Blog Case Study

Program Management Case Study: Foundation for Blind Children

“Consolidation of our data has been the greatest benefit of moving to Salesforce.  We are able to track data for students in one place rather than across multiple Excel spreadsheets and/or reporting systems. This has led to an increase in workflow effectiveness and reduced the workload for the administrative staff who manage student data.”

– Barbra Smith, Chief of Staff, Foundation for Blind Children

The Foundation for Blind Children (FBC) works with people who have vision impairment. Their mission is to provide education, tools, and services that enable all persons with vision loss to achieve greater independence. 

Their clients range in age from birth through adulthood. Typical clients start as infants and come back over their lifetime. Eighty percent of younger clients are multi-impaired, so FBC needs to track broad medical histories in addition to the history and progression of their clients’ visual impairments.

The core of FBC’s work involves providing group classes and one-on-one services (i.e. speech therapy) to their clients. They need to track students, families, and time spent working with clients in a group or individually. They are reimbursed by the state for time spent with clients.

The Challenge

FBC came to Bigger Boat with a legacy MySQL-based system and a multitude of siloed spreadsheets that each department maintained separately. They had been entering service hours and client progress notes into the MySQL system, while putting client contacts, service authorizations and enrollments into various spreadsheets. 

With challenges like hardcoded reports and limited search capabilities, FBC staff faced a laborious process to pull together a comprehensive view of clients and programs. Even simple admin tasks such as adding a new field were a multiday process! 

Given the inflexibility of the system, only a limited number of staff used it, constraining its value considerably. FBC came to us wanting to move to Salesforce so they’d have a dynamic system that provided an easy-to-access view of their work with clients. They wanted a system that provided value for staff members working with clients across the organization. The new system also needed to support users who are visually impaired.

The Approach

In line with our approach, we used a discovery phase to agree upon central tenets that guided the implementation of the project. These tenets were a key part of the evaluation criteria for each deliverable:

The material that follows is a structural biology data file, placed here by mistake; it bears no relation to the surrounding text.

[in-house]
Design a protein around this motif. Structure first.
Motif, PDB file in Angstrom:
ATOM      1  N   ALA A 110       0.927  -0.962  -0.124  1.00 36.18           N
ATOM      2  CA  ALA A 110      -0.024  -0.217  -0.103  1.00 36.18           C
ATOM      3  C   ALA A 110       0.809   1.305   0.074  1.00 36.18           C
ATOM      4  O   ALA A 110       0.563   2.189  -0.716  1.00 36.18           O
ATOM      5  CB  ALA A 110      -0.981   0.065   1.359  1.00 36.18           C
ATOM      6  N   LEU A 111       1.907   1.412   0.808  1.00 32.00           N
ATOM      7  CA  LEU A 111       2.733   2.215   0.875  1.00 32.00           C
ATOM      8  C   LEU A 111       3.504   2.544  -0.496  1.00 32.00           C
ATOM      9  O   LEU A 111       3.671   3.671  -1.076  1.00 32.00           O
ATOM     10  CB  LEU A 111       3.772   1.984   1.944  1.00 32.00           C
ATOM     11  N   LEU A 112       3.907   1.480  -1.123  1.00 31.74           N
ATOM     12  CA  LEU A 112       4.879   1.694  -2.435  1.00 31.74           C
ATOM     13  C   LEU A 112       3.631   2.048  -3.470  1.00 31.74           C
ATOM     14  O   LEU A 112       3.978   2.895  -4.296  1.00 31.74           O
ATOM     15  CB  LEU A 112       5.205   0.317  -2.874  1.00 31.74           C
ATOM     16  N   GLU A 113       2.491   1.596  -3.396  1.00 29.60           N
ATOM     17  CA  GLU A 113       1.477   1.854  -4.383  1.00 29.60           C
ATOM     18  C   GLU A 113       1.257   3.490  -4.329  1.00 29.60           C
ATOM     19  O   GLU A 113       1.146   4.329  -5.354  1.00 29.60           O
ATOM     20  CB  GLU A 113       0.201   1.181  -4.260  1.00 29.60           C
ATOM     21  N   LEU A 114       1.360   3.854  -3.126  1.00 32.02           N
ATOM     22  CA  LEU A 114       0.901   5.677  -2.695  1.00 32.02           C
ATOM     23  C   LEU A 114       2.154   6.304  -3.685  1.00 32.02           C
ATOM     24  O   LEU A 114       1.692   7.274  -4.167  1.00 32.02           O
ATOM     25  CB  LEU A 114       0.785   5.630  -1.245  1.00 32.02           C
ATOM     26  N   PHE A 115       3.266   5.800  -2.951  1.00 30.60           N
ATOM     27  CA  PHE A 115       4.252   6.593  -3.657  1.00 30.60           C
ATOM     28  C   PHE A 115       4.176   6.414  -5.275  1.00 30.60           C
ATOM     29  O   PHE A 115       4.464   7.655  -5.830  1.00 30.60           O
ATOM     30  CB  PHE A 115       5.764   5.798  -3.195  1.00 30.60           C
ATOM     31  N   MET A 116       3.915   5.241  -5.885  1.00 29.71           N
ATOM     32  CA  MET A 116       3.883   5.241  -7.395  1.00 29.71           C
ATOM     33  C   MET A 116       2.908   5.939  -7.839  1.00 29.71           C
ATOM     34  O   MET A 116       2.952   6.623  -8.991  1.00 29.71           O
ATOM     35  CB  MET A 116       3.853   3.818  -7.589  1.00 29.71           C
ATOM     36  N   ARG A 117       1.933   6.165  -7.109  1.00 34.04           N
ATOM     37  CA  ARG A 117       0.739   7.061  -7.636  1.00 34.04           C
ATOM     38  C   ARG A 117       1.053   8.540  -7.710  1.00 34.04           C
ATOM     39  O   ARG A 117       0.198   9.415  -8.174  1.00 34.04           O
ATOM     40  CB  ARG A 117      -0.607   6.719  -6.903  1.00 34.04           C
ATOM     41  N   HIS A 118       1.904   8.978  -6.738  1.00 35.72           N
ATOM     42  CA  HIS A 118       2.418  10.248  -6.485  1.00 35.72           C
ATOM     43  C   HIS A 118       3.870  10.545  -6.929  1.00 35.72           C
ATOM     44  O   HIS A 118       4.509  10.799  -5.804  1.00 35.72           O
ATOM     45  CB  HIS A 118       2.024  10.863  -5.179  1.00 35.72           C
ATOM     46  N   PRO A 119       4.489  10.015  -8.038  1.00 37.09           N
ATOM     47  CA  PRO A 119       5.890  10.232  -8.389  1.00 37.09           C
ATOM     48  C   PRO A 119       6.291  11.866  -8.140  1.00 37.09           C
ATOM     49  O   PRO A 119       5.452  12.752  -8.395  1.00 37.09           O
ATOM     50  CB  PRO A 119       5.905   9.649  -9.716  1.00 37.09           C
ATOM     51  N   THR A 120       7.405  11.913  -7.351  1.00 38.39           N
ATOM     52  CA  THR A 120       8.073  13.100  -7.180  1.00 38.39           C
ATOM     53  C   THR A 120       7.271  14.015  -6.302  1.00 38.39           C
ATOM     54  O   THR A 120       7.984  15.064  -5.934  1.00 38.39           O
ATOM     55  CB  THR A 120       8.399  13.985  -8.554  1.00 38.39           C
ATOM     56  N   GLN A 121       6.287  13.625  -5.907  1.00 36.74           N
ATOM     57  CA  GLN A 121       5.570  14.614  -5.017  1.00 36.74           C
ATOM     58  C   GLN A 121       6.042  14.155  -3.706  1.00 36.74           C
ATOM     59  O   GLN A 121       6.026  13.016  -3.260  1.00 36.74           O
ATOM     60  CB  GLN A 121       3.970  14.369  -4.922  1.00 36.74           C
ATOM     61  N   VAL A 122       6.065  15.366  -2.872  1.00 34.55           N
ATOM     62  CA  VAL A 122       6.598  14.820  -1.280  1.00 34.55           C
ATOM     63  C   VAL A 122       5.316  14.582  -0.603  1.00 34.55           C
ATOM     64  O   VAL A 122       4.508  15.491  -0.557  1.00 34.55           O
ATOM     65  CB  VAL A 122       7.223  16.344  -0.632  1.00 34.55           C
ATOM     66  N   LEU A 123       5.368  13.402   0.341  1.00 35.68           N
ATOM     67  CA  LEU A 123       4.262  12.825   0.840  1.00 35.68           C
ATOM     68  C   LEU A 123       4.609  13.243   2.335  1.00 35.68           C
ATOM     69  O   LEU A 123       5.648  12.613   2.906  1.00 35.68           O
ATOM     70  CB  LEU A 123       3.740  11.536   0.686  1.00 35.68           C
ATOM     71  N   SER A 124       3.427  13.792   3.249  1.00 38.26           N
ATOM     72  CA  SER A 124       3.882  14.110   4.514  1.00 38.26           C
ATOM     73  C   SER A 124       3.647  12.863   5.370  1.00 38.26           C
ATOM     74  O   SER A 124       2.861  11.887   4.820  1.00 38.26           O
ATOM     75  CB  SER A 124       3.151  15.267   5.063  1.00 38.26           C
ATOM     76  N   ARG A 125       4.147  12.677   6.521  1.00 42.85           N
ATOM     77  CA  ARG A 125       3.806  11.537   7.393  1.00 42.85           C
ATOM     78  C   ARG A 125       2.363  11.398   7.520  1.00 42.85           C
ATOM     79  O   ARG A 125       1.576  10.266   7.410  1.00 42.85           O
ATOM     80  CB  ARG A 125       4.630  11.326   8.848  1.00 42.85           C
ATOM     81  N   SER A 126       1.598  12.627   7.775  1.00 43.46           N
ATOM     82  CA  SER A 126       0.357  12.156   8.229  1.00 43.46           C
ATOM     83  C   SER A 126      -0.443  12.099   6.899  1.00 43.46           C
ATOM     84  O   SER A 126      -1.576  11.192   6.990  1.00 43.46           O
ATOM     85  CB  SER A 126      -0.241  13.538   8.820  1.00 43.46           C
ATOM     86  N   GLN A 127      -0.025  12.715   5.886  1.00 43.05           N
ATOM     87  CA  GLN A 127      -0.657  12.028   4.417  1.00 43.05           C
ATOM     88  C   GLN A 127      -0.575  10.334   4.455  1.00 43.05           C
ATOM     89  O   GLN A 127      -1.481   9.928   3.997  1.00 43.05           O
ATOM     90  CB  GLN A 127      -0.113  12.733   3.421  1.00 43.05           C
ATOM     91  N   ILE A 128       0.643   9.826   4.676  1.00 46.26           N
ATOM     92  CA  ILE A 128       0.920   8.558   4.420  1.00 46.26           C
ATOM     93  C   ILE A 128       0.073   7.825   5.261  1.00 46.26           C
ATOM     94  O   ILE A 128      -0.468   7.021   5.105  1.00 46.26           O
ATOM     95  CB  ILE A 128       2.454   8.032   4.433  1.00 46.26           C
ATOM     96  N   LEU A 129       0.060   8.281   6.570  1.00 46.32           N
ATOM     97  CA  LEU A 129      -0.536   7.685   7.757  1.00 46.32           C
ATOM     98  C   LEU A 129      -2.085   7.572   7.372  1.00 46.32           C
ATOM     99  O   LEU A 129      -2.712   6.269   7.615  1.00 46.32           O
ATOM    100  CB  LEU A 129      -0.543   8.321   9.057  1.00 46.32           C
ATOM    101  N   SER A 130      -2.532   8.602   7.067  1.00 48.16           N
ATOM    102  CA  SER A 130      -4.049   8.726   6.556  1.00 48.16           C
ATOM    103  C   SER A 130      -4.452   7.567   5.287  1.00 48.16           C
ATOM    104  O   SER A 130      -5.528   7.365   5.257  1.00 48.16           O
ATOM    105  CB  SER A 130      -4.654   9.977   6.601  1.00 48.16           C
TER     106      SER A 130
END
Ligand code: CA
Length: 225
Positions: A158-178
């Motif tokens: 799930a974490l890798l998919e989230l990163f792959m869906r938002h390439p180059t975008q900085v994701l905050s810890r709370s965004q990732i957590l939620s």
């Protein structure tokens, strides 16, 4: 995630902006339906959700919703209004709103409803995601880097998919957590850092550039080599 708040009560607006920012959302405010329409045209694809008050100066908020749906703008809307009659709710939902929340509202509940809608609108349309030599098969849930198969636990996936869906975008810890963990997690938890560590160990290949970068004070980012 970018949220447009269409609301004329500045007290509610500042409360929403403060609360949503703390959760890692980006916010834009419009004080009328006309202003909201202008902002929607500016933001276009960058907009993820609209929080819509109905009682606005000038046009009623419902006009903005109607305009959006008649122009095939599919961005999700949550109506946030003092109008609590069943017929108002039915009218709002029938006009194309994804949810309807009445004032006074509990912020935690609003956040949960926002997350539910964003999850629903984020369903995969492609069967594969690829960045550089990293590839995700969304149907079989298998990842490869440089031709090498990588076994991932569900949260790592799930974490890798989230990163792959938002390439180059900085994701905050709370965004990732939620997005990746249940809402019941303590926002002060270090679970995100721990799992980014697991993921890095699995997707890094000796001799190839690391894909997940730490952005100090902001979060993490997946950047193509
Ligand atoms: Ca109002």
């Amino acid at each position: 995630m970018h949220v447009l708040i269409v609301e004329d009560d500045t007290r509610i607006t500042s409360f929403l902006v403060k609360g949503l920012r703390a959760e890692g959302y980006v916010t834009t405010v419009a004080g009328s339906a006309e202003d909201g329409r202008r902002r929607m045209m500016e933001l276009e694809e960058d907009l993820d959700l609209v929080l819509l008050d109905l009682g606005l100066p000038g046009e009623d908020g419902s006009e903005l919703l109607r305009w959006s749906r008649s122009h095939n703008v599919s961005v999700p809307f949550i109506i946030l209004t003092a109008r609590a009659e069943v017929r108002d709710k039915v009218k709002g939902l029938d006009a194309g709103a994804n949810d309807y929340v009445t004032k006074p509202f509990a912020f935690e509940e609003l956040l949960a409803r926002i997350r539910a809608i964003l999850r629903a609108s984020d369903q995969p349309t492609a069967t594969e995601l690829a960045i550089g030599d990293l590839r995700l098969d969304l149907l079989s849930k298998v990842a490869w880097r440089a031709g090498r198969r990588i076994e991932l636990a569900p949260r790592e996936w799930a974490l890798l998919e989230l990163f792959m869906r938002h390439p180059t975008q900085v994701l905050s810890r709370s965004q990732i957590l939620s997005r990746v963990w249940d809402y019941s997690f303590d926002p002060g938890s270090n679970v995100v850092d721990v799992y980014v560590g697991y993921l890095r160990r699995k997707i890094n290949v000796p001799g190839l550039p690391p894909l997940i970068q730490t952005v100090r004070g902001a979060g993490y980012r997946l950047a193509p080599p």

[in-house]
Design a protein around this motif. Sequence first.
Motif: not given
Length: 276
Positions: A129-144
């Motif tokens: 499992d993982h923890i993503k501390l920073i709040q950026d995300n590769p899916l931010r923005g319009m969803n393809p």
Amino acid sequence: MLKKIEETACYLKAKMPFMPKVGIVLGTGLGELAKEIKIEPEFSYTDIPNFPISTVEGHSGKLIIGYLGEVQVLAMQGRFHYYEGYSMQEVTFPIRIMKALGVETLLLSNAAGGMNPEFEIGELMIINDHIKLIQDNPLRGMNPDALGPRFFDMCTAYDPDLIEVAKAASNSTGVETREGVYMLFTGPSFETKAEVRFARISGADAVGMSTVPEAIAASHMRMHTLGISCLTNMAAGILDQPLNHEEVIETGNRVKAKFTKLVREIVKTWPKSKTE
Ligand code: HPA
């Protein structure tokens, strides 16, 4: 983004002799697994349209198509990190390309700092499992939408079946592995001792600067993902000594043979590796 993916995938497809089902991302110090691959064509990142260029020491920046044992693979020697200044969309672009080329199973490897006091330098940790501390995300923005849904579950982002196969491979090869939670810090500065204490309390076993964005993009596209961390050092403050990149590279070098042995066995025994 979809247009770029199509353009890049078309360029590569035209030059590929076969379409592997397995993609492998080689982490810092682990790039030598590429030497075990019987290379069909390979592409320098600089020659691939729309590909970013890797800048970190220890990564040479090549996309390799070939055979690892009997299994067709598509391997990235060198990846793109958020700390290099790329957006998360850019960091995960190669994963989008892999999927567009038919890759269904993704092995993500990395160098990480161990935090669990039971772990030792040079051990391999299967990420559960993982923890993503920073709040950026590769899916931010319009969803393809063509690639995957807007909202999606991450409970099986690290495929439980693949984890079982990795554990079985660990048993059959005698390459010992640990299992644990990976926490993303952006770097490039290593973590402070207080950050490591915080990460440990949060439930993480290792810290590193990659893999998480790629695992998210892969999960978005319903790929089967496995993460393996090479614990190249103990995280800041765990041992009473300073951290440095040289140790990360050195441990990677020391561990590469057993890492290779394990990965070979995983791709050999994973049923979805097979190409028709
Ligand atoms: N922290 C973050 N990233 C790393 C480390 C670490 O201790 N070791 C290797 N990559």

• Client-centric: The system would allow staff to capture and manage key client-related information along each step of the client journey. 
  • Centralized: There would be one central location for client-related data that all departments could access and report from, eliminating a number of silos. 
  • Efficient To Use: Staff would trust and use Salesforce to access the client information they needed—when they needed it—without relying on numerous spreadsheets, because it had been designed to support their real-life workflow. 
  • Accessible: FBC’s Salesforce system would be designed and tested with visual impairment (VI) accessibility technology in mind. 
  • Flexible: As the needs of FBC evolved over time, the CRM would be able to evolve with it because of intentional decisions to use standard features and declarative solutions where optimal, instead of custom code.

We worked with FBC to determine which system functionality could immediately provide the most value for the organization. We’d like to highlight three initial focus areas of the new system:

  1. Client Relationship Management: The core of this project involved creating a centralized place for all client-related data. Solving this challenge using Salesforce  enabled FBC staff across departments to access, share, and work with the same basic information, including client name and demographics, contact details, eye reports, and diagnoses. This part of the system went live first, with users in multiple departments actively using it while the other modules were being built.
  2. Program Management: Once the CRM core was built out and launched, the team focused on extending the system for program management. We first focused on the Adult Transition Services (ATS) department, using it as the design and implementation model. The goal was to ensure that ATS could use Salesforce to support their full workflow, from referral to program exit or “graduation” (including key processes like program entry, rehab authorization, and service delivery). By focusing on ATS first, we built a strong foundation that would be scalable for all programs and departments at FBC.
  3. Time Tracking: The services provided to FBC clients are typically paid for by the state, which necessitated a time tracking system to track authorized hours and services against service delivery for later billing and reimbursement. Following our tenet of flexibility, we accomplished this mostly through configuration of standard Salesforce features rather than custom development. This approach allowed us to leverage built-in Salesforce features for accessibility, a key cornerstone for FBC’s visually impaired (VI) users.